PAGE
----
This blog is the first in a two-part series about MongoDB backup and recovery. In this first part, I will discuss the motivations for protecting data that resides on MongoDB and the existing backup and recovery solutions. In the second part, I will discuss how to solve this problem.
In the era of big data, enterprise applications create a large volume of data that may be structured, semi-structured or unstructured in nature. In addition, application development cycles are much shorter and application availability is a critical requirement. Given these application requirements, enterprises are forced to look beyond traditional relational databases to onboard the next-generation, cloud-native Platform 3 applications—infrastructure-as-a-service (IaaS) or platform-as-a-service (PaaS) applications. NoSQL databases such as MongoDB are now being adopted and evaluated by enterprises for these next-generation applications, which include ecommerce and content management. The benefits of MongoDB are many, including dynamic schema, easy scaling through auto-sharding, tunable consistency for reads and built-in replication.
MongoDB database also has native replication capabilities that satisfy availability requirements. However, data protection requirements for scalable point-in-time backup and recovery must be addressed. For robust data protection, enterprises need both backup and replication; Without point-in-time backups, organizations are at substantial risk of losing data due to human error, logical corruption and other operational failures. Traditional backup solutions were built to address the requirements of structured Platform 2 applications on relational databases that used shared storage and had the ACID (atomicity, consistency, isolation and durability) transaction model. Unfortunately, they fall short of addressing point-in-time backup requirements of Platform 3 applications and distributed databases (local storage, eventual consistency and the elastic nature of infrastructure). There are a few alternate script-based solutions such as Strata that enterprises are using to fill the data protection gap, but these solutions are sub-optimal at best.
Manual Scripted Solutions
Manual scripted solutions (MSS) leverage native MongoDB snapshot utility and scripts to transfer data to secondary storage. The scripts (via mongodump) are customized for each MongoDB cluster and require significant operational effort to scale or adapt to any topology changes (such as addition or removal of nodes to your MongoDB database). Further, these scripts are not resilient to failure scenarios such as failure of a node (primary or secondary) or intermittent network issues. Finally, recovery (the paramount value of “backup”) is a manual process, hence, time-consuming (resulting in very high application downtime) and contains data loss risk due to any bugs in the scripts. Overall, these solutions work when the MongoDB environment is small and some data loss may be permitted in the application. Some of the key issues that these solutions face are:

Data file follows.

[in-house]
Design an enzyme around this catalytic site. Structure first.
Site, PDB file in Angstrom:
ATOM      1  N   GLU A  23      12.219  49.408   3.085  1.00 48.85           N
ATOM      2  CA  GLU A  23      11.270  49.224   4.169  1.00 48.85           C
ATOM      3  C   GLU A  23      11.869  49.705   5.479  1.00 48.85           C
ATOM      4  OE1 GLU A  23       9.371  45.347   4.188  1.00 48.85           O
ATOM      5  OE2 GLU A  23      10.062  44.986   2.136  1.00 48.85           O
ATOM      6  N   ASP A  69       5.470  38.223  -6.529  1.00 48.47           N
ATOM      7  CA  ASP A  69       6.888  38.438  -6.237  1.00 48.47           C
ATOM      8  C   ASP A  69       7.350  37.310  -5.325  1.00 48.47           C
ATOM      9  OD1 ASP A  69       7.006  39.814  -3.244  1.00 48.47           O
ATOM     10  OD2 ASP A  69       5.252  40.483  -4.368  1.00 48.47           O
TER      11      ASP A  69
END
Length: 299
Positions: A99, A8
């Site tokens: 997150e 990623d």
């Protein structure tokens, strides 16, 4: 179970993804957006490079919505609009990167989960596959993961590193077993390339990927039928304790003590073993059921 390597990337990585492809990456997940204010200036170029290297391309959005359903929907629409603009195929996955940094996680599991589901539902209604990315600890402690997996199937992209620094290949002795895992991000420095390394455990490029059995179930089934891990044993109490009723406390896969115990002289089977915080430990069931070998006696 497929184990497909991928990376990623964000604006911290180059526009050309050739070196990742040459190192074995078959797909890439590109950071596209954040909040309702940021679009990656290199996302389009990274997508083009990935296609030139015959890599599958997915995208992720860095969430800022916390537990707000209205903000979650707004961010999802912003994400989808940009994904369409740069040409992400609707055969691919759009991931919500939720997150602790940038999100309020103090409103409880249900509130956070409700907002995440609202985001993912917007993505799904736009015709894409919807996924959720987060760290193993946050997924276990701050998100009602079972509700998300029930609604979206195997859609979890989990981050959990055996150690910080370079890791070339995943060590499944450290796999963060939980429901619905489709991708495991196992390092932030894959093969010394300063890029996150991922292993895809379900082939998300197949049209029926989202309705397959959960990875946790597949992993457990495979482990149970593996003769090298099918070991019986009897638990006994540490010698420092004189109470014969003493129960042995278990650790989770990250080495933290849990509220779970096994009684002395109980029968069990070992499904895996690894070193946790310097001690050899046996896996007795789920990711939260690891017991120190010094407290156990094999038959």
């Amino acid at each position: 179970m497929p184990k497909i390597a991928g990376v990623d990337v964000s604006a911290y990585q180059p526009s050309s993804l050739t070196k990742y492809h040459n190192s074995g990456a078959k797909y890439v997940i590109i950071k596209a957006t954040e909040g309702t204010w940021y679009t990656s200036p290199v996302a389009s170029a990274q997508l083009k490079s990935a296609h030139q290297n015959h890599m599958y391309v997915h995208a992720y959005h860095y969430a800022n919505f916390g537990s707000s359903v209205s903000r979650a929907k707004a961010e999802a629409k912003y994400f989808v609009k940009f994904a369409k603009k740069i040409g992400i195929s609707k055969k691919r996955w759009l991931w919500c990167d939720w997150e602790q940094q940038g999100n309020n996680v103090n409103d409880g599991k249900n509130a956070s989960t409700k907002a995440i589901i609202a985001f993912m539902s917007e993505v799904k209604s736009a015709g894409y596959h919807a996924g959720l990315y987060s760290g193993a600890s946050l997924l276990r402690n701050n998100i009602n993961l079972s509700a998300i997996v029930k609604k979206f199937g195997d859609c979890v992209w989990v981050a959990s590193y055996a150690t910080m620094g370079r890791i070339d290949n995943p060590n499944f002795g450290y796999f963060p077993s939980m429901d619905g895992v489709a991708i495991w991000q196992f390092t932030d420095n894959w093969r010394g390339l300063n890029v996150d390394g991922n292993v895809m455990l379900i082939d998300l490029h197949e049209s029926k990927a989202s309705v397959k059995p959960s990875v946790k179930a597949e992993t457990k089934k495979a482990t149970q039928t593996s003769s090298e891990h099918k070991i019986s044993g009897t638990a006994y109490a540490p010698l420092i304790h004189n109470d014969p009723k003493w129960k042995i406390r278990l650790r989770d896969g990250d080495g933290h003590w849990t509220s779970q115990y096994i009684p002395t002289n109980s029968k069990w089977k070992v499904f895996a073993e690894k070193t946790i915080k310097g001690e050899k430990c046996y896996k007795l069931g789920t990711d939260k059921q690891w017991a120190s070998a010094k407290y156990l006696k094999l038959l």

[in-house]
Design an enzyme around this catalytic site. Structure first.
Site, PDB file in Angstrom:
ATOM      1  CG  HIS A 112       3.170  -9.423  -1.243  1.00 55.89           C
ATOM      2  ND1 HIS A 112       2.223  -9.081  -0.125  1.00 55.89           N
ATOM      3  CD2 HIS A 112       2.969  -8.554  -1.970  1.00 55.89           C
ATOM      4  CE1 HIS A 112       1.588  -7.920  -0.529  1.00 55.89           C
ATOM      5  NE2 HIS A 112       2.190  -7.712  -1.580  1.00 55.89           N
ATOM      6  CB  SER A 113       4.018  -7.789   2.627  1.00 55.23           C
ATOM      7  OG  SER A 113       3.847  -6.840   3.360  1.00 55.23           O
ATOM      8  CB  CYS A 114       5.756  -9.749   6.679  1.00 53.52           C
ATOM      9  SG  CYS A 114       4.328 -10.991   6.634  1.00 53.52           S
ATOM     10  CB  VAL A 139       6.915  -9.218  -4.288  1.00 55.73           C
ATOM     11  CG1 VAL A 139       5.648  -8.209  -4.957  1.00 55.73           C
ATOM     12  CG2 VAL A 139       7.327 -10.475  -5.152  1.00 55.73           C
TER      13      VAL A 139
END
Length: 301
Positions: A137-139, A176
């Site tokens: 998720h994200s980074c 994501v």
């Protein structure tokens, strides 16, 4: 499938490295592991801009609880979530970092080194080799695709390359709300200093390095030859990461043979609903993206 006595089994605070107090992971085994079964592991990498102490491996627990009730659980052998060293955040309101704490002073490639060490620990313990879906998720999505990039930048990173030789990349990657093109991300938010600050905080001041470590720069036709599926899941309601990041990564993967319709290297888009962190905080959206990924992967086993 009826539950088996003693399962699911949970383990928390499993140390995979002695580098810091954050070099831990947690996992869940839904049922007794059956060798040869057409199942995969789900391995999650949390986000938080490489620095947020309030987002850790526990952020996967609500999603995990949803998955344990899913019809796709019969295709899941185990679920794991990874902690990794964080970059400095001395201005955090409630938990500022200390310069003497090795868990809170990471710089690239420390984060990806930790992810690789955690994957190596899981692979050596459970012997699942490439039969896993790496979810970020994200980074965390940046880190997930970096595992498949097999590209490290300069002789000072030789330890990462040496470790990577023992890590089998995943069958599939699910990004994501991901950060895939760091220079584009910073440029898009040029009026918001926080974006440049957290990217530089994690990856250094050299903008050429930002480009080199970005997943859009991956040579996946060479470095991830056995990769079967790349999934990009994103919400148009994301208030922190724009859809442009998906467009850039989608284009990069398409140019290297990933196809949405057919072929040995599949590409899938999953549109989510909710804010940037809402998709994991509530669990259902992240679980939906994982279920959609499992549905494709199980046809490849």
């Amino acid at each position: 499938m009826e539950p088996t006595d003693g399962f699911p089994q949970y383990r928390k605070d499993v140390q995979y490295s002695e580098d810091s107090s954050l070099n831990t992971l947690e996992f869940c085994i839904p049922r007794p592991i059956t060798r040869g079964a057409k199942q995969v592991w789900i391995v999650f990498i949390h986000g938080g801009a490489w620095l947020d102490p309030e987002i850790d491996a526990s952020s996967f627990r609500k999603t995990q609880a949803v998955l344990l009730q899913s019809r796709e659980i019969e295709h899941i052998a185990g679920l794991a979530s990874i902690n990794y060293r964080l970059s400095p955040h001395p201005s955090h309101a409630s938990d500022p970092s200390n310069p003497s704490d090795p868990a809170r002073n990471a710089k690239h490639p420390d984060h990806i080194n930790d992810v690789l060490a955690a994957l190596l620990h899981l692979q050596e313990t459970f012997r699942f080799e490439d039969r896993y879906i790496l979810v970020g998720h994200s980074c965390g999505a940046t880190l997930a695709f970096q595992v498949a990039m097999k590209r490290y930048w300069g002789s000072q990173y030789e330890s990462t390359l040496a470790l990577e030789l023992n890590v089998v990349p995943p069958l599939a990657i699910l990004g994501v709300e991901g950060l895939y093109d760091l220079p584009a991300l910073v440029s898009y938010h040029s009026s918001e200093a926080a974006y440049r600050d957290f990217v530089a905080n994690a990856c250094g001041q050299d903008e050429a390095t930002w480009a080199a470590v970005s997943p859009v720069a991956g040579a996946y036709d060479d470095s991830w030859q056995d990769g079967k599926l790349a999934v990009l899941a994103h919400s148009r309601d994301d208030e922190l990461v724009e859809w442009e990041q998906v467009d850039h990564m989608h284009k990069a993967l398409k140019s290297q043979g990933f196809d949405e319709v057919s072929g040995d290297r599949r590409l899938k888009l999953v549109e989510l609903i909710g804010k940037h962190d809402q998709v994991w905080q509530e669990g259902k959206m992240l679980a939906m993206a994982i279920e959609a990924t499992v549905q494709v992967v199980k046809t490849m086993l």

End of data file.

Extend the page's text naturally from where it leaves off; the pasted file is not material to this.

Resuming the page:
- Lack of enterprise backup solution for sharded configurations
- Database needs to be offline when the snapshots are taken
- Both backup and recovery fail under node failure and other infrastructure failures
- Recovery process is manual and requires verifications, which increases the recovery time
- Recovery at collection-level requires manual recovery that is time consuming
- Recovery to unlike topologies (sharded → unsharded) for test/dev refresh is not available
Most enterprises use these scripted methods as a temporary quick-fix solution. It is like driving your car with flat tires: You can keep going; however, you can’t go at the speed you want to go, nor are you risk-free from disasters.
MongoDB Paid Backup and Recovery
MongoDB (the company) provides a couple of ways to back up MongoDB databases. Enterprises may choose from either a managed backup offering (MMS) that runs in public cloud or, if they are paid MongoDB customers, they may deploy the backup service on-premise. In addition to being exorbitantly costly, the managed backup service stores customers’ data in public cloud. Backup data transfer over WAN may not work for customers who deploy MongoDB on-premise and for the customers who need to keep their sensitive data in-house. Further, there are significant data limitations per shard to use this service.
Using the MongoDB on-premise backup service is possible but is overly complex to deploy and operationalize (this deployment diagram speaks for itself!). Enterprises need to deploy eight servers, additional databases (with additional licensing) and about 6 to 9 times storage capacity (of the database that is backed up) for enabling on-premise backups.
Overall, on-premise backup service is a theoretical solution that brings with it significant CAPEX and OPEX investments:
- Complexity of deploying multiple databases
- Cost of additional infrastructure (servers and storage)
- Cost of licensing additional MongoDB nodes
- Risk of failed backups when nodes fail (secondary from which backup is taken)
- Siloed backup infrastructure for only MongoDB database
Look for Part two of this discussion to come shortly.